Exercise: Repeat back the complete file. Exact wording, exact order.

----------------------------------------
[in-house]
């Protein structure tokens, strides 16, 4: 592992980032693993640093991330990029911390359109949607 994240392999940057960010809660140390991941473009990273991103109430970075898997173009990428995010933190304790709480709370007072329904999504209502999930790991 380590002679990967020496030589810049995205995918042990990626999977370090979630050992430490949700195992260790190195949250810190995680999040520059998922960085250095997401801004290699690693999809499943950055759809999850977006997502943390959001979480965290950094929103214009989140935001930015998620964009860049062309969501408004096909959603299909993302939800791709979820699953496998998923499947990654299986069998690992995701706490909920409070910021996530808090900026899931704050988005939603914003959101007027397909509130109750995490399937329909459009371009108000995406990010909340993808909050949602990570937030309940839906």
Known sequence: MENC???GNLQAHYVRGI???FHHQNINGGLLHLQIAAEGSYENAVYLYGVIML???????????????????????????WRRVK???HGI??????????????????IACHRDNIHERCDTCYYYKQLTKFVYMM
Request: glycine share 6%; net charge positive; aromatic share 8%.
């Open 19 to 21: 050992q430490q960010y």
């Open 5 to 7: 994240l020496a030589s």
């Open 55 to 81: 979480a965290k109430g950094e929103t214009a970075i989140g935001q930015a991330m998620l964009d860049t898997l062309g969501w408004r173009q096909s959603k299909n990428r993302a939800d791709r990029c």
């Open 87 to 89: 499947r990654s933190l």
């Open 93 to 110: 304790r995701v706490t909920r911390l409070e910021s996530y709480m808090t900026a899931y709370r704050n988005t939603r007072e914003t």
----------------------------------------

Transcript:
[in-house]
């Protein structure tokens, strides 16, 4: 592992980032693993640093991330990029911390359109949607 994240392999940057960010809660140390991941473009990273991103109430970075898997173009990428995010933190304790709480709370007072329904999504209502999930790991 380590002679990967020496030589810049995205995918042990990626999977370090979630050992430490949700195992260790190195949250810190995680999040520059998922960085250095997401801004290699690693999809499943950055759809999850977006997502943390959001979480965290950094929103214009989140935001930015998620964009860049062309969501408004096909959603299909993302939800791709979820699953496998998923499947990654299986069998690992995701706490909920409070910021996530808090900026899931704050988005939603914003959101007027397909509130109750995490399937329909459009371009108000995406990010909340993808909050949602990570937030309940839906």
Known sequence: MENC???GNLQAHYVRGI???FHHQNINGGLLHLQIAAEGSYENAVYLYGVIML???????????????????????????WRRVK???HGI??????????????????IACHRDNIHERCDTCYYYKQLTKFVYMM
Request: glycine share 6%; net charge positive; aromatic share 8%.
């Open 19 to 21: 050992q430490q960010y």
């Open 5 to 7: 994240l020496a030589s």
């Open 55 to 81: 979480a965290k109430g950094e929103t214009a970075i989140g935001q930015a991330m998620l964009d860049t898997l062309g969501w408004r173009q096909s959603k299909n990428r993302a939800d791709r990029c």
């Open 87 to 89: 499947r990654s933190l």
């Open 93 to 110: 304790r995701v706490t909920r911390l409070e910021s996530y709480m808090t900026a899931y709370r704050n988005t939603r007072e914003t």